Structure of a Tagesschau report on the property tax reform discussion of 17 August 2022. Narrative patterns typically seen in films are used; for example, the reference to everyday life is first established at the beginning of the report and then taken up again at the end to create a story arc. The criticism of politics is renewed based on previously shown information and interviews. (Source: Article not yet published by project partners John Bateman, Manuel Burghardt and Chiaoi Tseng)

Issue: 03/2023

Comparison between Public Service and Alternative News Videos

Understanding Narratives of Disinformation

Trust in the news continues to decline in Germany. One of the reasons is false or misleading information in social media, which spreads quickly through viral mechanisms. However, it is not only alternative news sources that contribute to disinformation. New research findings show that even reputable news formats can unintentionally have a disinforming effect. They increasingly use narrative patterns, such as close-ups of emotional gestures or facial expressions, primarily applied in feature films to trigger certain feelings in viewers. As a result, there is a risk that some of the audience will no longer trust serious news and turn to sources that deliberately spread false information or distort facts.

Researchers at L3S and colleagues from the University of Bremen and the University of Leipzig investigate the effect of disinformation narratives in public service news programmes and news videos from alternative sources. Their FakeNarratives project is one of ten research projects funded by the Federal Ministry of Education and Research (BMBF) to recognise, understand and combat disinformation on the internet.

Revealing mechanisms

The interdisciplinary project team combines discourse analysis, linguistic analysis and research methods from the digital humanities with machine learning methods for video analysis and visual analytics. “Based on these findings, we are developing semi-automatic approaches that will also be integrated into a software tool,” says Prof Dr Ralph Ewerth, who is leading the project at L3S. The researchers want to systematically reveal the mechanisms and strategies of disinformation narratives and derive effective countermeasures based on large-scale media analysis. “We want to provide concrete recommendations and solutions for the producers of public service news programmes that help to avoid unwanted disinformation narratives and neutralise disinformation campaigns.”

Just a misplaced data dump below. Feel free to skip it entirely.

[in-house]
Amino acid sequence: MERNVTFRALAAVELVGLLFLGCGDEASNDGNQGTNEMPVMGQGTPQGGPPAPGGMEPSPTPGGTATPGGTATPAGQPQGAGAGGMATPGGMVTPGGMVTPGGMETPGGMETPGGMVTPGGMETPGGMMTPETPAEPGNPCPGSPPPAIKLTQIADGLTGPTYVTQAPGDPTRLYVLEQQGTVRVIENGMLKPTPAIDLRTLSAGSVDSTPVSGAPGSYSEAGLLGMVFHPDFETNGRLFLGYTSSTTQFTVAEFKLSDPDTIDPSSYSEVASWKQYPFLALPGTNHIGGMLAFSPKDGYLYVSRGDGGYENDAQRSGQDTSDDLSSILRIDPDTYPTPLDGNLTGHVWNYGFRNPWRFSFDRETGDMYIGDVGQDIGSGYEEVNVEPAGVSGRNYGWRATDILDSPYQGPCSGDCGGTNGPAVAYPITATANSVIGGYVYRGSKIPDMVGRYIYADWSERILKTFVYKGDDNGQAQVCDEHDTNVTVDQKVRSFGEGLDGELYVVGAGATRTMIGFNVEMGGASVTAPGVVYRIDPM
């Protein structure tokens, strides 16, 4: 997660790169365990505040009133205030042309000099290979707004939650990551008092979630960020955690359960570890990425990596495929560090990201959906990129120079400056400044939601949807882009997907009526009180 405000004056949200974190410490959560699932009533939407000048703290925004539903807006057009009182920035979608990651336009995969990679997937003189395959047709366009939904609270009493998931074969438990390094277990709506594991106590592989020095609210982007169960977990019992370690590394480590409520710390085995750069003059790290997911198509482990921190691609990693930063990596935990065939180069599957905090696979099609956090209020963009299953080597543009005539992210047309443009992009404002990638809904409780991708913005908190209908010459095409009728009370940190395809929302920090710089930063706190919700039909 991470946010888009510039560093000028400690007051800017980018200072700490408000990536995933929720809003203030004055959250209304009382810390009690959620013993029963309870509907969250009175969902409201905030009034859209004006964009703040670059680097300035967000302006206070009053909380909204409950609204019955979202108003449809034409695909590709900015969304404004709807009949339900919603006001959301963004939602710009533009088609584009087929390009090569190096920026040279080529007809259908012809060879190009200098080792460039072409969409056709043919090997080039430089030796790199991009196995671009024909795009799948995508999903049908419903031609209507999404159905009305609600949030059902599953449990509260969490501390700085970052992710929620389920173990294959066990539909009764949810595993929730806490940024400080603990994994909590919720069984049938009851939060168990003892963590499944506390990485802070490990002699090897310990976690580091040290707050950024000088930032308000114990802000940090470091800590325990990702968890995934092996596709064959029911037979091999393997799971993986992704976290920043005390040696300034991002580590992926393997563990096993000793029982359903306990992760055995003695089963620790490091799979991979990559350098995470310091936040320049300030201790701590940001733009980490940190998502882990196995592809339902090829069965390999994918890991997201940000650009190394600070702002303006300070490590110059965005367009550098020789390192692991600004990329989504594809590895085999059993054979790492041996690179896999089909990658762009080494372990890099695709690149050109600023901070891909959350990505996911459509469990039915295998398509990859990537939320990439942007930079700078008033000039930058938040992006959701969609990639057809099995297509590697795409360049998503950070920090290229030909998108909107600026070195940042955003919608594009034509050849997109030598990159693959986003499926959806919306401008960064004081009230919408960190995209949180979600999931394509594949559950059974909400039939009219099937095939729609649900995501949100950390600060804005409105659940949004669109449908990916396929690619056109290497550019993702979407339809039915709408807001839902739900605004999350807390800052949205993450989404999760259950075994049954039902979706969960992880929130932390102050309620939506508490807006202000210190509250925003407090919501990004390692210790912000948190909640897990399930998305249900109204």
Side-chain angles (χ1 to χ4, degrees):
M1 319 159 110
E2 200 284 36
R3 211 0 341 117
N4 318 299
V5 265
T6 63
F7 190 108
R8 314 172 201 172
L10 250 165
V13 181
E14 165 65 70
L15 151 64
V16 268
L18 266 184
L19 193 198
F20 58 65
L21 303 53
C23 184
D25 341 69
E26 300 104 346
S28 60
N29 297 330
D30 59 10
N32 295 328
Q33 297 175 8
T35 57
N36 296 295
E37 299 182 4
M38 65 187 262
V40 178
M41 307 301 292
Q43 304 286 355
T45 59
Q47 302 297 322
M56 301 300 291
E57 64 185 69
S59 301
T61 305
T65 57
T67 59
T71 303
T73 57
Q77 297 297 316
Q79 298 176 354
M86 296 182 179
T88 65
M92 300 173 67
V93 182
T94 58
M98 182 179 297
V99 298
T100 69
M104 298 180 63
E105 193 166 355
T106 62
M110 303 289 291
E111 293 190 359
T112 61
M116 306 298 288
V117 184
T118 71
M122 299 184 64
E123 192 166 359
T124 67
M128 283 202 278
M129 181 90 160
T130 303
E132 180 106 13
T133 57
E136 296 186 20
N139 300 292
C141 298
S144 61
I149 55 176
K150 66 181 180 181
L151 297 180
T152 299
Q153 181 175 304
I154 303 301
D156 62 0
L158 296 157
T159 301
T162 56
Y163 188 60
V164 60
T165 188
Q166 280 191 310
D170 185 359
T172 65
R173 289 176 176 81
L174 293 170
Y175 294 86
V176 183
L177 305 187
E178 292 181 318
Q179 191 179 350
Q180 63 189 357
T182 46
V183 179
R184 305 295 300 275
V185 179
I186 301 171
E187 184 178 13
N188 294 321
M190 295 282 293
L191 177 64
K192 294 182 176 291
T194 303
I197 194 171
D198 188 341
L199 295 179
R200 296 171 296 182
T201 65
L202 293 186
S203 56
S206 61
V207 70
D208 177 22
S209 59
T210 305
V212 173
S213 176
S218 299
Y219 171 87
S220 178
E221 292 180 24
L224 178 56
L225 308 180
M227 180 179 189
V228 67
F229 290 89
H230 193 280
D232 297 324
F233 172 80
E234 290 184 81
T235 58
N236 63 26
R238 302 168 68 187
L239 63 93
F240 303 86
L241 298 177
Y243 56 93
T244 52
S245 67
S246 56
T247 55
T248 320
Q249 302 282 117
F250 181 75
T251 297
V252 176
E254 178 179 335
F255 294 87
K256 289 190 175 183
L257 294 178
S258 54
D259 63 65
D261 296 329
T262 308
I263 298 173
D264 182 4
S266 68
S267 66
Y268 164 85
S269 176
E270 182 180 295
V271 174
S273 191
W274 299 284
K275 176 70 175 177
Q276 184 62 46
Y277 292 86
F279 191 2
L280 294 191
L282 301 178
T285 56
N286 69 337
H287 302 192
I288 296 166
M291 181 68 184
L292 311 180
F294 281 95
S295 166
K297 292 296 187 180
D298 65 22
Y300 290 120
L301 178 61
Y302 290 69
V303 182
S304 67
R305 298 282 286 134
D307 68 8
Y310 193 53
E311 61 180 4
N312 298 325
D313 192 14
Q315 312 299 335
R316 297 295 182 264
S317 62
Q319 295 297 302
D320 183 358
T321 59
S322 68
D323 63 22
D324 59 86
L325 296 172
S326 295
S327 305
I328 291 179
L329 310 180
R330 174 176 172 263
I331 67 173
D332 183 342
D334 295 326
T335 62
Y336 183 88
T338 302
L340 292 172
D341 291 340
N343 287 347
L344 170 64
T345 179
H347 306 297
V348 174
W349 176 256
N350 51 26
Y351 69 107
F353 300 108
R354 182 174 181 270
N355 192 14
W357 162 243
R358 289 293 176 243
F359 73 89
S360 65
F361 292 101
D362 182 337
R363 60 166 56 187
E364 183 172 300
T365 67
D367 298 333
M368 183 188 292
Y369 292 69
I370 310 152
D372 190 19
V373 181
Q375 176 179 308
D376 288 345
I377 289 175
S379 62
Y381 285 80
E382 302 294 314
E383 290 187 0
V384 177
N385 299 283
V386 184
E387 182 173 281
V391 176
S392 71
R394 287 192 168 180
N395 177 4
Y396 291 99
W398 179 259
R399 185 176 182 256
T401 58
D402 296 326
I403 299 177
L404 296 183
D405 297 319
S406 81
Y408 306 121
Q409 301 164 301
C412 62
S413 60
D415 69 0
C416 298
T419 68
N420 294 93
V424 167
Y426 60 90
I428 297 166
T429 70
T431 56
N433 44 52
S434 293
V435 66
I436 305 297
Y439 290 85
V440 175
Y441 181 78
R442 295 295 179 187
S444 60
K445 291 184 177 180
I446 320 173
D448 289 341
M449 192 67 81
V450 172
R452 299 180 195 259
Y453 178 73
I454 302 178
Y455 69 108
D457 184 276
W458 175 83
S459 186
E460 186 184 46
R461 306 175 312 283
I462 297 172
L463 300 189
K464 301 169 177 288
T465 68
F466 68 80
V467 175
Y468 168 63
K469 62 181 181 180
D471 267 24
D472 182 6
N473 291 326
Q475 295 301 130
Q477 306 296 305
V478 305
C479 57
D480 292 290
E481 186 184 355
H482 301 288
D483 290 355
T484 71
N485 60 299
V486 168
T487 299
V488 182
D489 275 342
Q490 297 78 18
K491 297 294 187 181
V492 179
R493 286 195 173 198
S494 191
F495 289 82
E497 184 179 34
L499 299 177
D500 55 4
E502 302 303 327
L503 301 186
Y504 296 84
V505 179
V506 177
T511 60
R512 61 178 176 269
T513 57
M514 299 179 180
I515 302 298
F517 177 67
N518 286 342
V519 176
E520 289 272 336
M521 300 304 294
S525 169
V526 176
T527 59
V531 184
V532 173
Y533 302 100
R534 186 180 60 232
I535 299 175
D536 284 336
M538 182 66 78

Multimodal analysis

Ewerth and his team members at L3S, Dr Eric Müller-Budack and Gullal Cheema, are primarily concerned with extracting voice, image and text information from news videos. The scientists use the latest deep-learning methods from machine vision, audio analysis and natural language processing. They also use so-called vision-language models, which combine computer vision approaches with novel large-language models of generative AI, such as GPT-4, and extract a large amount of information from videos. Together with innovative forms of visualisation and modern approaches to discourse analysis (which the teams in Leipzig and Bremen are working on), the extracted information is used to identify narrative patterns of (dis)information in news videos.

From a Tagesschau report on Russia’s war in Ukraine from 1 March 2022. During the excerpt, the following is said: “An incredible burden, especially for the children. They fled from Lviv. The family is torn apart.” By combining the image, which shows a close-up of a sad child, with superlatives (“unbelievable”) and the choice of words (“torn apart”), extremely negative emotions are deliberately channelled into the report. As the objectivity of the article is thereby impaired, this could have a disinforming effect on the audience.  Source.


Prof. Dr. Ralph Ewerth

Ralph Ewerth is a member of L3S. He heads the Visual Analytics research group of the Joint Lab of L3S and TIB (Leibniz Information Centre for Science and Technology). He is a Professor of Visual Analytics at Leibniz Universität Hannover.

Dr.-Ing. Eric Müller-Budack

Eric Müller-Budack is a postdoctoral researcher in the Visual Analytics research group of the Joint Lab of L3S and TIB (Leibniz Information Centre for Science and Technology). His research focuses on computer vision and multimedia information retrieval.